A number of our sisters were able to be in Philadelphia last fall for Pope Francis' visit. However, undoubtedly, the one who traveled the greatest distance was Sr. Ellen Callaghan who came from St. Mary's, Alaska, with two members of the region where she ministers. We were delighted when she wrote about their experiences during that very special week!
On September 16 I had the joy of traveling to the Philadelphia
and Anthony Ulak who live in the Yukon-Kuskokwim Region of our diocese and were the winners of the Yup'ik
Eskimo lottery to participate in the World Meeting of Families (WMOF).
I used air miles and accompanied Caroline and Anthony because my family was hosting them for the 10-day visit. We arrived in Wilmington, Delaware, a few days prior to WMOF so that we could visit and give presentations on our Yup'ik way of life at Assisi House and at two schools. With samples of winter gear, dance fans, headdresses, a small Yup'ik drum, and other traditional items, Anthony and Caroline enthusiastically shared stories about life in Scammon Bay on the Bering Sea and a few unique things about life in Bush Alaska. Those who attended the presentations were most welcoming and very interested in the slides, clothing, and stories. The children loved trying to use the Yup'ik yo-yo, getting dressed in a quspeq, and learning an Eskimo dance to the beat of Anthony’s drumming. The elders were moved to quiet prayer listening to the singing of the Our Father in the Eskimo language. They followed the words on the screen and tried to identify the seven letters of the alphabet not used in the Yup'ik language. On Saturday we took a ferry across the Delaware Bay so Anthony and Caroline could have lunch in New Jersey. On Sunday we participated in a fund-raising dinner in Maryland to add still another state to the east coast trip.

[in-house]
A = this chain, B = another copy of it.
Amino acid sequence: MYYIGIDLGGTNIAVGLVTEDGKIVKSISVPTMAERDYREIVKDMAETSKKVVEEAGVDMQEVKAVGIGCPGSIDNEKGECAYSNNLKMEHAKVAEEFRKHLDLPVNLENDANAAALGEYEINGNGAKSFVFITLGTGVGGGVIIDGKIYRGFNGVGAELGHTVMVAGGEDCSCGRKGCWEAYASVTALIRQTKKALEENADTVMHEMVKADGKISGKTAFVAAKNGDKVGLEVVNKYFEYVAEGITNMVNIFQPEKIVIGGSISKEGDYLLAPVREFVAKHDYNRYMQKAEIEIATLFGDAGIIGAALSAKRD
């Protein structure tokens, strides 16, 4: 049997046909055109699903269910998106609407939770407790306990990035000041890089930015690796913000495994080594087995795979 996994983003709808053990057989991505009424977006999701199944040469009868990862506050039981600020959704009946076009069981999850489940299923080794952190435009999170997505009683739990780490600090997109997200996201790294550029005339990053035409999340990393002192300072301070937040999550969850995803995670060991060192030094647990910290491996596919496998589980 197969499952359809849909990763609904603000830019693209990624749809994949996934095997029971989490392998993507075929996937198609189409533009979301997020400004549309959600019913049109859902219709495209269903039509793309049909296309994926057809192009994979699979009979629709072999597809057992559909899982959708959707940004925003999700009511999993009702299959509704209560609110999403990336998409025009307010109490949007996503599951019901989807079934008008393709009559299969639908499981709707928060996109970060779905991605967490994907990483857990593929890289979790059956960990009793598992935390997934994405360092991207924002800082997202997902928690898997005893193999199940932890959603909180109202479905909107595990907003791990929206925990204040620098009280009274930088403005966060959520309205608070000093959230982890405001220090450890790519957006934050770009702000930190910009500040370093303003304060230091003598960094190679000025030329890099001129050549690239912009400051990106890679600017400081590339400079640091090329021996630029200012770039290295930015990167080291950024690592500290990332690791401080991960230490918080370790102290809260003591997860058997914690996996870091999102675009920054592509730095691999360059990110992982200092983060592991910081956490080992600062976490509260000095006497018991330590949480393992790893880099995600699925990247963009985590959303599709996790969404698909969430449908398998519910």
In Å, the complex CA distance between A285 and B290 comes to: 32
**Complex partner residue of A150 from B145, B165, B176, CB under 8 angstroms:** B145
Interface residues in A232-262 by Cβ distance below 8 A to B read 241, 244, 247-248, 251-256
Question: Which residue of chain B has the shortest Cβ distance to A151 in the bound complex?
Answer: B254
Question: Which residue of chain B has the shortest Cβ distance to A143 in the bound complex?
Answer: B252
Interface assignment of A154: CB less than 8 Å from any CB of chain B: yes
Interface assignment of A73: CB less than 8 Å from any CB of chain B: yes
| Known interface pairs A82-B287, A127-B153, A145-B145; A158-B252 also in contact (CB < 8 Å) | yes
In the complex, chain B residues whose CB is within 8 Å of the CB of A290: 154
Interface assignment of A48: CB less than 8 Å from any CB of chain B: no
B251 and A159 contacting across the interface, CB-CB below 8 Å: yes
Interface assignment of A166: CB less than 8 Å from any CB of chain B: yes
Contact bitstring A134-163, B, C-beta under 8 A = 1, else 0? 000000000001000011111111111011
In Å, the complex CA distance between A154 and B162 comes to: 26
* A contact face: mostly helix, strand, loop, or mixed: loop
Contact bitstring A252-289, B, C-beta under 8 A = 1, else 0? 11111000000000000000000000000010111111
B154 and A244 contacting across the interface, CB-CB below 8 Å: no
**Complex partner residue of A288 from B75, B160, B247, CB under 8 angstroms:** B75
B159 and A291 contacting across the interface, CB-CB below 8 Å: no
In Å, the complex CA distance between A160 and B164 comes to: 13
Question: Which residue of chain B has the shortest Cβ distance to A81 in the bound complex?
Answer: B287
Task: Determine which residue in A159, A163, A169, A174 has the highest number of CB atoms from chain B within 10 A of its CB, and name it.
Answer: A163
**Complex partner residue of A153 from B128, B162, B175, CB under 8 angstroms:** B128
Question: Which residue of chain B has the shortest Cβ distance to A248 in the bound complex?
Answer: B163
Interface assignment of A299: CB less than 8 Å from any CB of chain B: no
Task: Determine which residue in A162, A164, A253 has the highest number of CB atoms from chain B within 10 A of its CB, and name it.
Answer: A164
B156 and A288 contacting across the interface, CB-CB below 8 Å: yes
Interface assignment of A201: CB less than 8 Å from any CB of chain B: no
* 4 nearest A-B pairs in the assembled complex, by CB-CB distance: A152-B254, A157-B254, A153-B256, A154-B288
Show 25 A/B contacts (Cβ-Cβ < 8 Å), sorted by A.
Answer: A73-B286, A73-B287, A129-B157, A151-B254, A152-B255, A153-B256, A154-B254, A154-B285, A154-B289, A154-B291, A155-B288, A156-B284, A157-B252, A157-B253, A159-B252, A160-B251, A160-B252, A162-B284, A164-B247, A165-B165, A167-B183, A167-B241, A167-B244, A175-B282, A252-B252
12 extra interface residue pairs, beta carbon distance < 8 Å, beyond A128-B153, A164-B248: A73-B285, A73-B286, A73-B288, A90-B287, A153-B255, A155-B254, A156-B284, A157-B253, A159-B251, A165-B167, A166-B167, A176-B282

|Sharing stories of life among the Yup'ik Eskimos with east coast children|
On Monday our hostess, Joan Callaghan, took us to the train station to catch the rapid rail for our daily commute to Philadelphia Convention Center—another new experience. After a quick hour at the registration center for the 21,000 international visitors, we had time for a double-decker bus tour of central Philadelphia. Magnificent colorful banners lined all the streets and many buildings had huge welcoming signs for the papal visit. Several streets were barricaded in preparation for the pope’s arrival on Saturday. The WMOF Congress took place from noon Tuesday to noon on Friday. Over 120 cardinals and bishops were present for the daily Mass in the huge arena. For two of the Masses, we each ushered one of the 60+ priest to his Communion station. This was a little bit of a challenge in a congregation of over 21,000 people. Caroline and Anthony, along with an elderly couple from Mexico, presented Offertory gifts at Thursday’s Mass. In addition to attending Mass, the keynote presentations, and breakout sessions, we also volunteered for an hour of perpetual adoration and the Catholic Relief Service’s (CSR) Helping Hands Project. The CRS project packed over 205,000 bags of grain meals for families in Burkina Faso, Africa. This was definitely an outstanding experience of joyful service.